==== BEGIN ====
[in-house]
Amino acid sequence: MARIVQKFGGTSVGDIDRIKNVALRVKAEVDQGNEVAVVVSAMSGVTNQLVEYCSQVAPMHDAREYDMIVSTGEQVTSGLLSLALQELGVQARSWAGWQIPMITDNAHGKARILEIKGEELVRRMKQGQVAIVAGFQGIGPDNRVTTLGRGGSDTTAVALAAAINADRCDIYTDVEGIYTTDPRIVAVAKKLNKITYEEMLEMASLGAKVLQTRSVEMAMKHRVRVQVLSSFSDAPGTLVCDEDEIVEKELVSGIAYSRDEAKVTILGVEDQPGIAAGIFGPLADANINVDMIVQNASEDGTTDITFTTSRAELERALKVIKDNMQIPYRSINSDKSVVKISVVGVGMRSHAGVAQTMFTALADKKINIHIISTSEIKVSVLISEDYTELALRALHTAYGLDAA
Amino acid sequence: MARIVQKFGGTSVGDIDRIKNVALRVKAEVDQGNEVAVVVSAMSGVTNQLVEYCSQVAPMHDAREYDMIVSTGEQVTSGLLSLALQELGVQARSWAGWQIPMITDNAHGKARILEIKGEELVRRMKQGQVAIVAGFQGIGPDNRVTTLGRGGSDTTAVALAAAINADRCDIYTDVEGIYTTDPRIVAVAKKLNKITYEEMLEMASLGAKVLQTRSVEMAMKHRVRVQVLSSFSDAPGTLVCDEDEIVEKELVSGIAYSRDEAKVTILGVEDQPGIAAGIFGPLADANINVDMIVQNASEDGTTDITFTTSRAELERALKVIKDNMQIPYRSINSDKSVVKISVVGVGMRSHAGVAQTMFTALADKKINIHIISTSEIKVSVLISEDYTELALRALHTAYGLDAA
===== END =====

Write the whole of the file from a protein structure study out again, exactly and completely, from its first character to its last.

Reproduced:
[in-house]
Amino acid sequence: MARIVQKFGGTSVGDIDRIKNVALRVKAEVDQGNEVAVVVSAMSGVTNQLVEYCSQVAPMHDAREYDMIVSTGEQVTSGLLSLALQELGVQARSWAGWQIPMITDNAHGKARILEIKGEELVRRMKQGQVAIVAGFQGIGPDNRVTTLGRGGSDTTAVALAAAINADRCDIYTDVEGIYTTDPRIVAVAKKLNKITYEEMLEMASLGAKVLQTRSVEMAMKHRVRVQVLSSFSDAPGTLVCDEDEIVEKELVSGIAYSRDEAKVTILGVEDQPGIAAGIFGPLADANINVDMIVQNASEDGTTDITFTTSRAELERALKVIKDNMQIPYRSINSDKSVVKISVVGVGMRSHAGVAQTMFTALADKKINIHIISTSEIKVSVLISEDYTELALRALHTAYGLDAA
Amino acid sequence: MARIVQKFGGTSVGDIDRIKNVALRVKAEVDQGNEVAVVVSAMSGVTNQLVEYCSQVAPMHDAREYDMIVSTGEQVTSGLLSLALQELGVQARSWAGWQIPMITDNAHGKARILEIKGEELVRRMKQGQVAIVAGFQGIGPDNRVTTLGRGGSDTTAVALAAAINADRCDIYTDVEGIYTTDPRIVAVAKKLNKITYEEMLEMASLGAKVLQTRSVEMAMKHRVRVQVLSSFSDAPGTLVCDEDEIVEKELVSGIAYSRDEAKVTILGVEDQPGIAAGIFGPLADANINVDMIVQNASEDGTTDITFTTSRAELERALKVIKDNMQIPYRSINSDKSVVKISVVGVGMRSHAGVAQTMFTALADKKINIHIISTSEIKVSVLISEDYTELALRALHTAYGLDAA